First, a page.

Review by Amb. (ret.) Michael W. Cotter, Publisher, American Diplomacy
American Foreign Policy: Alliance Politics in a Century of War, 1914-2014 by James W. Peterson, New York: Bloomsbury Academic, 2014 ISBN 978-1-62356-073-7, eISBN 978-1-6235-6488-9, Hardcover, 194 pp., $130.00 (hardcover), $35.61 (paperback, Amazon), $19.24 (Kindle).
Someday a book might be written that makes sense of U.S. foreign policy during the 100 years from 1914 to 2014, but, to paraphrase Aragorn from the Lord of the Rings, this is neither the day nor the book. The author is a professor of political science and department head at Valdosta State University in Georgia. His intention is either to propose a new or to expand upon an existing concept (it is not clear which) that uses three significant types of “distance” (gravitational, typological and attributional) to analyze how states form alliances to deal with crises. The case studies he uses for his analysis are the conflicts in which the U.S. has been involved from the First World War to the Arab Spring.
Professor Peterson introduces the conceptual framework midway through an extended introductory chapter, providing a brief outline of how it applies to those conflicts. He then provides more details on those conflicts in ten chapters, dividing them into four parts covering the two World Wars, the Cold War (Korea and Vietnam), post-Cold War conflicts with rogue states (Gulf War and the breakup of Yugoslavia), and challenges from terrorist power (Afghanistan, Iraq and the Arab Spring).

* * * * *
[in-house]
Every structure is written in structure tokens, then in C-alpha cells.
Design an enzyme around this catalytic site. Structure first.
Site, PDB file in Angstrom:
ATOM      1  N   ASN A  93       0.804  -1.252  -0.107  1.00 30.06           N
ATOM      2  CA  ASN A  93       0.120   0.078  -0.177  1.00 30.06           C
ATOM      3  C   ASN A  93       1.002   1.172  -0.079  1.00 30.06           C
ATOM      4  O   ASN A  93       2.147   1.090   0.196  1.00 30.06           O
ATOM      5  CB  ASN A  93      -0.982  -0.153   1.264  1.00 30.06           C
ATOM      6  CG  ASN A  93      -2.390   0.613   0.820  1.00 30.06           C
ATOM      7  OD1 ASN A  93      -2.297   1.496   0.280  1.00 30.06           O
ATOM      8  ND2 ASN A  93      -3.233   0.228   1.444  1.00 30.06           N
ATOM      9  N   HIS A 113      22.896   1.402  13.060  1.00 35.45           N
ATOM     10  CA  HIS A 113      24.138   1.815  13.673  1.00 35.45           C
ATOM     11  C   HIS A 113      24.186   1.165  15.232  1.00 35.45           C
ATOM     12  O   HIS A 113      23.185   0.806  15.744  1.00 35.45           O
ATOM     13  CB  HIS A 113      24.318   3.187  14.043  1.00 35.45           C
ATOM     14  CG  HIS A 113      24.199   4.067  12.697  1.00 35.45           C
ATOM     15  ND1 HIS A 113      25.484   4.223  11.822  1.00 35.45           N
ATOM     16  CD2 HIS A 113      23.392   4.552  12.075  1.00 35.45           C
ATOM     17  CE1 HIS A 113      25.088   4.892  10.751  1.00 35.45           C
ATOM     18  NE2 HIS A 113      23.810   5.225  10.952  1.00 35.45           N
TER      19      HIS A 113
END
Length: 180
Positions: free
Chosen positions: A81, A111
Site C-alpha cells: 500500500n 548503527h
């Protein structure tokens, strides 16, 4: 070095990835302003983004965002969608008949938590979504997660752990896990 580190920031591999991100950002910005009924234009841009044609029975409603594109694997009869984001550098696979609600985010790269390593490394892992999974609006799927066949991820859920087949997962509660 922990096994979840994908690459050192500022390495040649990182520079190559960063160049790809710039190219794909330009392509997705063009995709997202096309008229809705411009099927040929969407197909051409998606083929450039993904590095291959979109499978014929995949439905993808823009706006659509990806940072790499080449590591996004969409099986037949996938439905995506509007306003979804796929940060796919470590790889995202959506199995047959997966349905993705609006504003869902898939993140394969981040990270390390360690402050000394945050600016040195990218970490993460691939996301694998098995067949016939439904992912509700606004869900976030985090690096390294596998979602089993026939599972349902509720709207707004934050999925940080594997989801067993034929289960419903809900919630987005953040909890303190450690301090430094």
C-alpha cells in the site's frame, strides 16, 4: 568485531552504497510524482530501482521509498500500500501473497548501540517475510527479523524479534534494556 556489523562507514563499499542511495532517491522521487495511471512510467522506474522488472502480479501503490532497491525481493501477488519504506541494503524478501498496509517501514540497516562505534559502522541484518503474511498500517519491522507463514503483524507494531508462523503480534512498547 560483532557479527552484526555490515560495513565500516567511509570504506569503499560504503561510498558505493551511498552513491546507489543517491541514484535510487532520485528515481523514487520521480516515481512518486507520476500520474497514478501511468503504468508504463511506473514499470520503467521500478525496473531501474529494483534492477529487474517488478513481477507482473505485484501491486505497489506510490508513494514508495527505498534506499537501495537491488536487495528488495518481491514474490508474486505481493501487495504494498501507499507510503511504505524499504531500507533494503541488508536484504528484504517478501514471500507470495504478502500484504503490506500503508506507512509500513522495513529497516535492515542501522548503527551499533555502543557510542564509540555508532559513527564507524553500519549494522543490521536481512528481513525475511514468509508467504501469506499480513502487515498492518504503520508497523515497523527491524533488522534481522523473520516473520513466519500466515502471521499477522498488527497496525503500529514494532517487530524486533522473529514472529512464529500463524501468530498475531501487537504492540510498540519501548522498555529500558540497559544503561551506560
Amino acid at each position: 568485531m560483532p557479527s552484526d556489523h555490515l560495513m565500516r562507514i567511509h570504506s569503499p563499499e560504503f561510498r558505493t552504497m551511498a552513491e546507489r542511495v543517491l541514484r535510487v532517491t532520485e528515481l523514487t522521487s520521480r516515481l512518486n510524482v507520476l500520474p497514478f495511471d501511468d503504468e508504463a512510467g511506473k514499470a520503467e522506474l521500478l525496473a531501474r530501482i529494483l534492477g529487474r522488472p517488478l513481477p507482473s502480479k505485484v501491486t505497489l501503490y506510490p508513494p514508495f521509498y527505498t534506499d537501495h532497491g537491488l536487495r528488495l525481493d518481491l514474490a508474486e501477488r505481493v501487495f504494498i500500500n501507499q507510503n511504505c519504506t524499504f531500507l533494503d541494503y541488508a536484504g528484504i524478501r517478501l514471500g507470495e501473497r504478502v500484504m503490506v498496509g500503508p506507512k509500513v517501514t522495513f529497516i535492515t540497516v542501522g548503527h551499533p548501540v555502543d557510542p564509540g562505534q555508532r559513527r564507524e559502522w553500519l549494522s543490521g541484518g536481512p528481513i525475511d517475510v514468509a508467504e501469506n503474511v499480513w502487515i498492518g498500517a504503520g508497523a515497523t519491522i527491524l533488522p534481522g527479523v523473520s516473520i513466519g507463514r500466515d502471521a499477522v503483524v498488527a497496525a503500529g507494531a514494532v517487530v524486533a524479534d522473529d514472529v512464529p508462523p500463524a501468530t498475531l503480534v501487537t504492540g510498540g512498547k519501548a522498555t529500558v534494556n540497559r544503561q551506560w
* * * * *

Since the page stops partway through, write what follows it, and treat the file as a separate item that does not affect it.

The exposition of the various conflicts is cursory at best and includes debatable conclusions. While in most of the individual chapters he ties the conflicts under discussion to the three types of “distance,” he doesn’t do so in all cases. And in the end there doesn’t appear to be any clear pattern among the various alliances using this analytical framework. Perhaps all would be clearer if treated in a longer textbook, which the price of the hardcover would seem to indicate this is, but with its mere 194 pages and paucity of references the book seems to be geared more for the lay reader.
In taking on the daunting task of seeking to develop a framework to encompass such disparate times and conflicts, Professor Peterson has not been helped by his publisher. The volume is replete with typographical errors and appears not to have undergone any serious editing. For instance, in the chapter on World War II he correctly notes that the attack on Pearl Harbor resulted in some 2,500 U.S. casualties, but discussing the 9/11 attacks in a later chapter he compares that loss of life to the “1,000” who died at Pearl Harbor. If this were an isolated example, it might be forgiven, but it is simply one of many such errors.